However, the group did more.
As he looked forward to the 2022 competition, Cavanaugh realized the cup was missing. Ashley Grant ’00, Cavanaugh’s wife, won the cup in 2021, so the trophy should have been in their house, but it was nowhere. In the depths of panic, Cavanaugh turned suspicion to his children, asking if they had misplaced it.
Then, in early February, a suspicious package addressed to Cavanaugh was delivered to his home. The return address belonged to a “Douglas J. Cannon” of “45 Wyllys Avenue, Middletown, Connecticut.” Inside the package was a small gold trophy—the kind you’d get for coming third in a children’s soccer league or achieving honor roll at your elementary school—wrapped in a recent issue of The Argus with the inscription “MacAdam Cup 2022,” and a packing slip with a random address in North Carolina.
That’s when the emails started. The first email, sent from email@example.com (an address that Cavanaugh neither made nor recognized) contained only a short message, made to look like an old-fashioned ransom note with letters of different shapes, sizes and fonts.
“Dear Hockey pool, We kidnapped the Cup,” the note read. “It is being held in an undisclosed basement of a well-known hockey rink, guarded by members of the 2010 BC Eagles. We demand 30,000 bitcoin, or else the cup gets Zamboni’d! Love, the Unathletic Supporters.”
Without delay or any suspects in mind, Cavanaugh sent an email to the rest of the circle, encouraging the thief or thieves to reveal themselves and suffer minimal consequences for their treason. No one came forward, but accusations, as well as alibis, began to fly immediately.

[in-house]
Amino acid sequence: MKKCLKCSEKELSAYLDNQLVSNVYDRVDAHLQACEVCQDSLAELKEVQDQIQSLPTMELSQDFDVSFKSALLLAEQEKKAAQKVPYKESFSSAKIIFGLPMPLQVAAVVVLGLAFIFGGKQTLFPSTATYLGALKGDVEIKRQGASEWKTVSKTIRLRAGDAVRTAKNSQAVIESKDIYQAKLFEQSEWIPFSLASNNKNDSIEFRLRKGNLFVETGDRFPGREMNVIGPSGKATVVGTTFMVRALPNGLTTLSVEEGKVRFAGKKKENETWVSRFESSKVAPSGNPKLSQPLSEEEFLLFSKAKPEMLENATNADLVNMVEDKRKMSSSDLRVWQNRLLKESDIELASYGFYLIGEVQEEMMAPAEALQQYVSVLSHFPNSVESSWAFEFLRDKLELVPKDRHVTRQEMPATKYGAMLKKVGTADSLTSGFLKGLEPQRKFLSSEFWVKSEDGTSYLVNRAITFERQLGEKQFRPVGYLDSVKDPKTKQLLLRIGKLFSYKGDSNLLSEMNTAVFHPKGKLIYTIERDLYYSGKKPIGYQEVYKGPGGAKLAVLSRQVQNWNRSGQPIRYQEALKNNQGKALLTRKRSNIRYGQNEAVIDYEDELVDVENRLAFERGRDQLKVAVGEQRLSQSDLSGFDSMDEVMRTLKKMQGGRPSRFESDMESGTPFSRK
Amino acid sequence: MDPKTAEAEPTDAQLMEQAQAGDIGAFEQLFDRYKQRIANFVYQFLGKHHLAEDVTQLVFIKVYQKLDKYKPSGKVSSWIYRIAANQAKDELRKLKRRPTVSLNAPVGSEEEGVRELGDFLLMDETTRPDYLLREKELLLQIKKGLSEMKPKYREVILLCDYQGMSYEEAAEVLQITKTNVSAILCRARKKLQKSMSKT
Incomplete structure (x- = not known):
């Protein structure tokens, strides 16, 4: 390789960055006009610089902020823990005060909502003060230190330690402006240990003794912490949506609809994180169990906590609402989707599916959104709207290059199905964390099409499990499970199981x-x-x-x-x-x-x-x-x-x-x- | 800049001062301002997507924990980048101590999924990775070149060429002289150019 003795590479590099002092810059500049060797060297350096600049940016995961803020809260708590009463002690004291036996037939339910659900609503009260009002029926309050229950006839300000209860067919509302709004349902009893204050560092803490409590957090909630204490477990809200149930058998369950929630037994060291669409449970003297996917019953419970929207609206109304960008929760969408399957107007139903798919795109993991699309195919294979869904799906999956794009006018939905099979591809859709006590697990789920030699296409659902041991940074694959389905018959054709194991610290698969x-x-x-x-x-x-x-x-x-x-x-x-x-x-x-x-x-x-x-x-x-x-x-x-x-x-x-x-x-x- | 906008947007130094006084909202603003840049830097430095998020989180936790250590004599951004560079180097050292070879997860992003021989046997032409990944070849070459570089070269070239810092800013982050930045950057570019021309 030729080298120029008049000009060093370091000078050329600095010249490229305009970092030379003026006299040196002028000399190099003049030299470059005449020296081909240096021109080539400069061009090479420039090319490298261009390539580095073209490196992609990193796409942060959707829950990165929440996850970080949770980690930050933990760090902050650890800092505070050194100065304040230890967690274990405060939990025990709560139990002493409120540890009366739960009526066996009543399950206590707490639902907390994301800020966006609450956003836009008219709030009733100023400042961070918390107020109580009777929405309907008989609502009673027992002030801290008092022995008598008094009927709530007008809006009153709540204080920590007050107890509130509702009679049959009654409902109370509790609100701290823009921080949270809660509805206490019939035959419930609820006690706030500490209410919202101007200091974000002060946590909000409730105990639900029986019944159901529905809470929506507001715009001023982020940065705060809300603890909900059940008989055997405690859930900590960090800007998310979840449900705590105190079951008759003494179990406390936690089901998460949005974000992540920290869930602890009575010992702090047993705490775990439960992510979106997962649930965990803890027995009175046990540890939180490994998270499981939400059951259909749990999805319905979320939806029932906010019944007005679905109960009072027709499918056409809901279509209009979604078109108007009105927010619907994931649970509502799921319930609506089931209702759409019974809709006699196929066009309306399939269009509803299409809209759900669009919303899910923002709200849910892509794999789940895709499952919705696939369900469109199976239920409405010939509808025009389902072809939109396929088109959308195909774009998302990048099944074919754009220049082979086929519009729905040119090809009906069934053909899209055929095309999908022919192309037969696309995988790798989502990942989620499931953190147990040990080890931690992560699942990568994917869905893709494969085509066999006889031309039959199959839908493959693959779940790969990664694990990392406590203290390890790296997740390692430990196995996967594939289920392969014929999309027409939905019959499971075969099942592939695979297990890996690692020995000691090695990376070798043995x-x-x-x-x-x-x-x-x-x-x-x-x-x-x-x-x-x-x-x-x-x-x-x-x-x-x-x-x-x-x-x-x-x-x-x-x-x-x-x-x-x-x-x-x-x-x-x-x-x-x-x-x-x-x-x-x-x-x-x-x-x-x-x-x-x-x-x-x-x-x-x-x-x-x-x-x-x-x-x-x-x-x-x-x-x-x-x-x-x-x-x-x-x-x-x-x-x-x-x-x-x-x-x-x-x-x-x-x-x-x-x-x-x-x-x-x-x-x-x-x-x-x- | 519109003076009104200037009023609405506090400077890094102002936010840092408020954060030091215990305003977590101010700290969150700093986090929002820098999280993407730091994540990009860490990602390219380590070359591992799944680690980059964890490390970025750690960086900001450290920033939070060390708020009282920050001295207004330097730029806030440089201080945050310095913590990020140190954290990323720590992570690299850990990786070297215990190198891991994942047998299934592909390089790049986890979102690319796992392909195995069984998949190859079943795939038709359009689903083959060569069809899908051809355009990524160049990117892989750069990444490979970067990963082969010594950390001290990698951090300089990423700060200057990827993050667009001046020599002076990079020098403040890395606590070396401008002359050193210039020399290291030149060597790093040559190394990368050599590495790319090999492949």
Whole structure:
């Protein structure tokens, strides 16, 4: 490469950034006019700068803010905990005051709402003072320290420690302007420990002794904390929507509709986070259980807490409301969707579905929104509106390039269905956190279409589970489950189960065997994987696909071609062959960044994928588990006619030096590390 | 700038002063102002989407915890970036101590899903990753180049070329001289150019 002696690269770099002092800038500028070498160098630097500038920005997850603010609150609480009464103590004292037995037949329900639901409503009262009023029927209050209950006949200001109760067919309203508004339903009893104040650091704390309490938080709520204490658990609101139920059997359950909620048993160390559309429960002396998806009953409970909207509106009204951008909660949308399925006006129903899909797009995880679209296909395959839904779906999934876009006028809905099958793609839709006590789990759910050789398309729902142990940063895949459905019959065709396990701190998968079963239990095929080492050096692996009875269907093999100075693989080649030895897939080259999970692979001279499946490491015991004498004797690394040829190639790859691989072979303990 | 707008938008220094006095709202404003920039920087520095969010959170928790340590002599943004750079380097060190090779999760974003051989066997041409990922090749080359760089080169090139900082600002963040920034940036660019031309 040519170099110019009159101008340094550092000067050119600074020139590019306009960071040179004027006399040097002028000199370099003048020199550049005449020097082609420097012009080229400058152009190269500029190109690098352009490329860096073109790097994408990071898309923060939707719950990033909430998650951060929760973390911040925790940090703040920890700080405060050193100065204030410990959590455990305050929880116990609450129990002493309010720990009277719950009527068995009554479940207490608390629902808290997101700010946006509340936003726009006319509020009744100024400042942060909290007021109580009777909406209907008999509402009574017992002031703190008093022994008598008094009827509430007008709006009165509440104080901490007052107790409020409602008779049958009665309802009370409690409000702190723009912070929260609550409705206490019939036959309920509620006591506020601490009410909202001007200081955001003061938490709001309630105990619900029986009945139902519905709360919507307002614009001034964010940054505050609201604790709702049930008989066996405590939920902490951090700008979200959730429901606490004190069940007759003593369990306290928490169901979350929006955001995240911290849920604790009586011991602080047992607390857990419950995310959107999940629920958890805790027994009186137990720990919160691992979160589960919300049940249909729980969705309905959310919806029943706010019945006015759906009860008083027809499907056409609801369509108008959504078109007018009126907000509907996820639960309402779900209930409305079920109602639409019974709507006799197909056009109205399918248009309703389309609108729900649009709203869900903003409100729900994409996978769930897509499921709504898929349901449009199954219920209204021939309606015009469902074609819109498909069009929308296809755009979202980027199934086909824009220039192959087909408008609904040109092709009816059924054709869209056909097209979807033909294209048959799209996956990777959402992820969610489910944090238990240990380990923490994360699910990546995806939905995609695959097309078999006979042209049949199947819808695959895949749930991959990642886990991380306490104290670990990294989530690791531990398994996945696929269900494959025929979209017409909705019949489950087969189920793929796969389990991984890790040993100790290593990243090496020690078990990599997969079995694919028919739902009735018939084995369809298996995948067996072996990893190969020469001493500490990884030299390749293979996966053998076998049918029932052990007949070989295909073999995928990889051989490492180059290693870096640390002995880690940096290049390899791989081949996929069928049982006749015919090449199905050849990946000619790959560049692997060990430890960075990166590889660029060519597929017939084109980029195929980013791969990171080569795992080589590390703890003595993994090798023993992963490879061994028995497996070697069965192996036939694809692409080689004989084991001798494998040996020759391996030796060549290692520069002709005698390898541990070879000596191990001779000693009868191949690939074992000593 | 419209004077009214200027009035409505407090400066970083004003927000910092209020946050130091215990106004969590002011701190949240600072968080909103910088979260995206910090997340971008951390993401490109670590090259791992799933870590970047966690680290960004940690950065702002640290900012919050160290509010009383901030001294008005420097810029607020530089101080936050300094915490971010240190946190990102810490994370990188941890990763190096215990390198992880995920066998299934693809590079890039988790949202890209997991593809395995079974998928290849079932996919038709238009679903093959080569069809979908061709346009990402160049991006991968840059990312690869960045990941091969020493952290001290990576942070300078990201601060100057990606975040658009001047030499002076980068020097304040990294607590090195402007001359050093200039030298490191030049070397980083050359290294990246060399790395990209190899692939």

Topping off the list of suspects was Cavanaugh himself. Some thought it might be his way of injecting excitement into this year’s competition. Cavanaugh has a reputation among those who know him for being mischievous.
For instance, when the University began marketing itself as “The Independent Ivy” in 1998, Cavanaugh was among many students at the time who did not appreciate the school’s new brand and wanted the marketing campaign brought to a swift end.
Along with friends, he launched a sticker protest: They posted bright orange stickers across campus that read in emboldened letters, “I DO NOT ATTEND THE INDEPENDENT IVY”.
To make matters worse, Chris Miller ’99 recounted in an email to the group that he assisted Cavanaugh in stealing a rug from the admissions office of North Carolina Wesleyan University, circa 1997. The case against Cavanaugh was gaining traction by the minute.
Emails continued to roll in from the mysterious address, with photos of the MacAdam Cup in various locations around the country attached to each. These locations included the Spurrier-Snyder Rink, the Golden Gate Bridge, and the courtyard of the FBI headquarters in Washington, D.C. Cavanaugh realized that the only way to clear his name was to find the thief.